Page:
The middle of seven children, she was named after the S.S. Rosalind at the suggestion of her father, a successful lawyer. After receiving a Catholic school education, she went to the American Academy of Dramatic Art in New York, having convinced her mother that she intended to teach acting. In 1934, with some stock company work and a little Broadway experience, she was tested and signed by Universal. Simultaneously MGM tested her and made her a better offer. When she plead ignorance of Hollywood (while wearing her worst-fitting clothes), Universal released her and she signed with MGM for seven years.
For some time she was used in secondary roles and as a replacement threat to limit Myrna Loy’s salary demands. Knowing she was right for comedy, she tested five times for the role of Sylvia Fowler in ‘The Women’ (1939). George Cukor told her to “play her as a freak.” She did and got the part. Her “boss lady” roles began with the part of reporter Hildy Johnson in ‘His Girl Friday’ (1940), through whose male lead, Cary Grant, she met her future husband, Grant’s houseguest at the time.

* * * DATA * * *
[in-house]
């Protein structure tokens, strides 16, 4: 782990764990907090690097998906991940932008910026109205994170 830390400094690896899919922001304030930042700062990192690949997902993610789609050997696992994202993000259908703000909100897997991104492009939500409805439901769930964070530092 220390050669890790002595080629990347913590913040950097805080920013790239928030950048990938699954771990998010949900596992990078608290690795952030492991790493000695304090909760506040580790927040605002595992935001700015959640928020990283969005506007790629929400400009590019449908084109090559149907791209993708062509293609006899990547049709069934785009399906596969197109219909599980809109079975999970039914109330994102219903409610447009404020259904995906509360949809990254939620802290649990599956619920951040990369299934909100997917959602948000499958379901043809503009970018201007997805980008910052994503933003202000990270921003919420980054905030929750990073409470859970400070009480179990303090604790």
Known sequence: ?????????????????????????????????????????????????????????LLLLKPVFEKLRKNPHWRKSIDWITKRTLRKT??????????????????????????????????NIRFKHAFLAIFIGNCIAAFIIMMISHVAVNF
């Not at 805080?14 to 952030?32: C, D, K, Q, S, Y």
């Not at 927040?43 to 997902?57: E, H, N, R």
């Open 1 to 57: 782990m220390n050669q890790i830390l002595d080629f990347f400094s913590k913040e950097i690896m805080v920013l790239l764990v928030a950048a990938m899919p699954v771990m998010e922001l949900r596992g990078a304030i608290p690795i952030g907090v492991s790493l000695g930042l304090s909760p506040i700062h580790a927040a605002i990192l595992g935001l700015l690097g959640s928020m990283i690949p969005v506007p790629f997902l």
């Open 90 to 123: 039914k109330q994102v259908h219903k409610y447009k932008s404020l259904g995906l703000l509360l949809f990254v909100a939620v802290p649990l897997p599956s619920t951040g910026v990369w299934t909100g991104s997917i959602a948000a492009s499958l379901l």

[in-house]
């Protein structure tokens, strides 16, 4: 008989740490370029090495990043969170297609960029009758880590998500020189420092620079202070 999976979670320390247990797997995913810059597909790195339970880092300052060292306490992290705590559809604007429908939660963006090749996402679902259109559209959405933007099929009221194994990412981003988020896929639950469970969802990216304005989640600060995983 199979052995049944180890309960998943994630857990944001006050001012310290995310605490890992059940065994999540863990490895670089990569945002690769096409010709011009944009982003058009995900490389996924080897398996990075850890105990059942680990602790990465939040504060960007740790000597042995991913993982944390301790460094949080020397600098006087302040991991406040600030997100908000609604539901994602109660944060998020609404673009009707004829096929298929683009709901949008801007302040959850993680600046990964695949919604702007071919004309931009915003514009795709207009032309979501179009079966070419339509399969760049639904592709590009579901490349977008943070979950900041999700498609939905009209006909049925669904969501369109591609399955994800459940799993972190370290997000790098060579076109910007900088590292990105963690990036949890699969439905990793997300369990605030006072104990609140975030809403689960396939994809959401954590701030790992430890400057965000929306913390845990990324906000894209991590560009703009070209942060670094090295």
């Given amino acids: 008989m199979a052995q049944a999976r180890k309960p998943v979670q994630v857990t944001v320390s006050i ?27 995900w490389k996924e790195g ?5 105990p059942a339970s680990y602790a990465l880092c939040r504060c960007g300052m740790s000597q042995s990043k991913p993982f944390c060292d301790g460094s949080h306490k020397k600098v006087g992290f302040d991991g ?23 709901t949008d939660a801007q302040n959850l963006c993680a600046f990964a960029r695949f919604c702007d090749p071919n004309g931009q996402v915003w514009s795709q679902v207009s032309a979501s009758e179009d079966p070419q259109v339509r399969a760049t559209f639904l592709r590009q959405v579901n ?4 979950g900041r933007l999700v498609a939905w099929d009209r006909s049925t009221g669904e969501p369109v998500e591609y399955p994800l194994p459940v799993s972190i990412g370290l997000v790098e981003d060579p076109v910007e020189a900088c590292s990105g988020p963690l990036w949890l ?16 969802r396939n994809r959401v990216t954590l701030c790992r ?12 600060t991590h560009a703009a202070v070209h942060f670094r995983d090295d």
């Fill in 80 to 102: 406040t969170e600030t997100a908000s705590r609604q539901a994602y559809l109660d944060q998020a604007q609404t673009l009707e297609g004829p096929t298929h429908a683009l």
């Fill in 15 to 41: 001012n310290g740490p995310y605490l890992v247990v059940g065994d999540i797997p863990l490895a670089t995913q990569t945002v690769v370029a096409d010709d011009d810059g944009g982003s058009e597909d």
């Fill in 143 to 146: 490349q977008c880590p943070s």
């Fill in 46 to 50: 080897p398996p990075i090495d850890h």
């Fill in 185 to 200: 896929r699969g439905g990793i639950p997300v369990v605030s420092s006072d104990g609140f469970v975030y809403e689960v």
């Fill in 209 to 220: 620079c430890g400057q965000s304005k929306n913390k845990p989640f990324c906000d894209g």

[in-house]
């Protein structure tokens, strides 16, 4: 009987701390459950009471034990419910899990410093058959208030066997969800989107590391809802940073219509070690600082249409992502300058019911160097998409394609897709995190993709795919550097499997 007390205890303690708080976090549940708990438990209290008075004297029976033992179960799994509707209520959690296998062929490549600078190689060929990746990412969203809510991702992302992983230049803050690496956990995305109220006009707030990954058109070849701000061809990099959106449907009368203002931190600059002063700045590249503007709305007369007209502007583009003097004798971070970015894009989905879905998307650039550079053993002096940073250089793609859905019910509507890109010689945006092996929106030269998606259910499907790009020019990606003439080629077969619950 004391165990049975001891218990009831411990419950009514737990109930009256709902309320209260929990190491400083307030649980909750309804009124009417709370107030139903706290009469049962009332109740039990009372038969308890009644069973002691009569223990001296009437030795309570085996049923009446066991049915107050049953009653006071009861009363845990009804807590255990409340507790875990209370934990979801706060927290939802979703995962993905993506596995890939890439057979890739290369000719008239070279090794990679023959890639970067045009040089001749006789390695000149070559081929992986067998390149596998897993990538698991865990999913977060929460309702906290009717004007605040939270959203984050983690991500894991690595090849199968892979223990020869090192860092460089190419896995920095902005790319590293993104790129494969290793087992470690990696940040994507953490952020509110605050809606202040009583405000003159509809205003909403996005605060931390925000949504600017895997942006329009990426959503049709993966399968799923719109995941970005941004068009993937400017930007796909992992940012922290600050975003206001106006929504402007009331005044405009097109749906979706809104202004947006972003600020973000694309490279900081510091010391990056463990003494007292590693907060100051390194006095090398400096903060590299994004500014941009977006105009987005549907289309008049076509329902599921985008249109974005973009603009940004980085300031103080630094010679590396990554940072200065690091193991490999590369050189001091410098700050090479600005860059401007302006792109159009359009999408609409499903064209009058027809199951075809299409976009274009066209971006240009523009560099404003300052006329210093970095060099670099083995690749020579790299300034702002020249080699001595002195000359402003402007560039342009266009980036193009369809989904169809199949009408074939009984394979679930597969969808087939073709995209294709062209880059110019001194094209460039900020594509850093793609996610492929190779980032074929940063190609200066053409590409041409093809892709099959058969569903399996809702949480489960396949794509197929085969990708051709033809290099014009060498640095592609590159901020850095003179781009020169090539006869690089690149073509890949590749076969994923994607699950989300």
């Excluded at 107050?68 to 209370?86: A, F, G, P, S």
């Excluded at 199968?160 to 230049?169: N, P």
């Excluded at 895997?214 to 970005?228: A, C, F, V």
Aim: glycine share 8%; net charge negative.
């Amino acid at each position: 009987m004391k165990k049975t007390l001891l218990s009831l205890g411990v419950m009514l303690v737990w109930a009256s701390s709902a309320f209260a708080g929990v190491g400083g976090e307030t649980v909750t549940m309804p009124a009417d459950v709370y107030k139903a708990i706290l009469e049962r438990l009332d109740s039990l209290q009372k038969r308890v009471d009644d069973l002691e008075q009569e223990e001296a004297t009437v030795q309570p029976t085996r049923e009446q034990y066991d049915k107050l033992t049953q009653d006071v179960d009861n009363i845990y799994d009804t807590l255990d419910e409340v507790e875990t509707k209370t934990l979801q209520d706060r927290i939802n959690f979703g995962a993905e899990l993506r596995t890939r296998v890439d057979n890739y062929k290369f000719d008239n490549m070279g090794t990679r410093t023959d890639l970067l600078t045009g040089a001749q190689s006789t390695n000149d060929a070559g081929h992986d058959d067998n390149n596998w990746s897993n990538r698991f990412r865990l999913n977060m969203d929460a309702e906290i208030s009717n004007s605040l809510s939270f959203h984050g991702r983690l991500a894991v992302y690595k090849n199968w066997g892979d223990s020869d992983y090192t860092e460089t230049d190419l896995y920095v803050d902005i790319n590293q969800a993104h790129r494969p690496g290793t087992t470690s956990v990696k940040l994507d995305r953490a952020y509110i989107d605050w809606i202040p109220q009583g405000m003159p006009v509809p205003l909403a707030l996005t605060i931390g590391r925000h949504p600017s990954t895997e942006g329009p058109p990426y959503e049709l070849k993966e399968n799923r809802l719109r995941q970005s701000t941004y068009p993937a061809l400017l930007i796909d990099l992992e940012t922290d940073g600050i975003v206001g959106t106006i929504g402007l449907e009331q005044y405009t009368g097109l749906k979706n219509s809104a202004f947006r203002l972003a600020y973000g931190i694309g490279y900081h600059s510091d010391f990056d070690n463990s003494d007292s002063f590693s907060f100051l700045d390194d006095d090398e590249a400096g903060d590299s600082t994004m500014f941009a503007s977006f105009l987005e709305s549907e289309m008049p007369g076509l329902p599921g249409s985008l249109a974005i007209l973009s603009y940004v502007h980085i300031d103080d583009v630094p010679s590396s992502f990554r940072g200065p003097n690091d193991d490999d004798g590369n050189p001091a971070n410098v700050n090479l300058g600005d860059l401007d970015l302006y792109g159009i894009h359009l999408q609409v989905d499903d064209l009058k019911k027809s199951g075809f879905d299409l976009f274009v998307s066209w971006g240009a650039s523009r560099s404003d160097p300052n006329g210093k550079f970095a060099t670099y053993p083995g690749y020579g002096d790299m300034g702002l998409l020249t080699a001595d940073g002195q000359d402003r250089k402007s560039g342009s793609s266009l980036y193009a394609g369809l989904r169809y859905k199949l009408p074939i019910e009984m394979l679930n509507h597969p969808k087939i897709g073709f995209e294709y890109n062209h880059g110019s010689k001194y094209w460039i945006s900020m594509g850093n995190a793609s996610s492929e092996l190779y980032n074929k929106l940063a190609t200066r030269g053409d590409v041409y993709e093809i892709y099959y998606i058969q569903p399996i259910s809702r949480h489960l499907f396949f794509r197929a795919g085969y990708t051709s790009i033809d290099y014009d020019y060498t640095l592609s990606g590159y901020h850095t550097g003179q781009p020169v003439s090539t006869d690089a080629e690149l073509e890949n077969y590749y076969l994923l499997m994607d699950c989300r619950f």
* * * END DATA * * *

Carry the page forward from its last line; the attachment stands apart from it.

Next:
In her forties, she returned to the stage, touring ‘Bell, Book and Candle’ in 1951 and winning a Tony for ‘Wonderful Town’ in 1953. Columbia, worried the public would think she had the female lead in ‘Picnic’ (1956), billed her “co-starring Rosalind Russell as Rosemary.” She refused to accept an Oscar nomination as supporting actress for the part, an Oscar she would no doubt have won had she relented. ‘Auntie Mame’ kept her on Broadway for two years followed by the movie version.
Oscar nominations: ‘My Sister Eileen’ (1942), ‘Sister Kenny’ (1946), ‘Mourning Becomes Electra’ (1947), and ‘Auntie Mame’ (1958). In 1972, she received the Jean Hersholt Humanitarian Award for contributions to charity.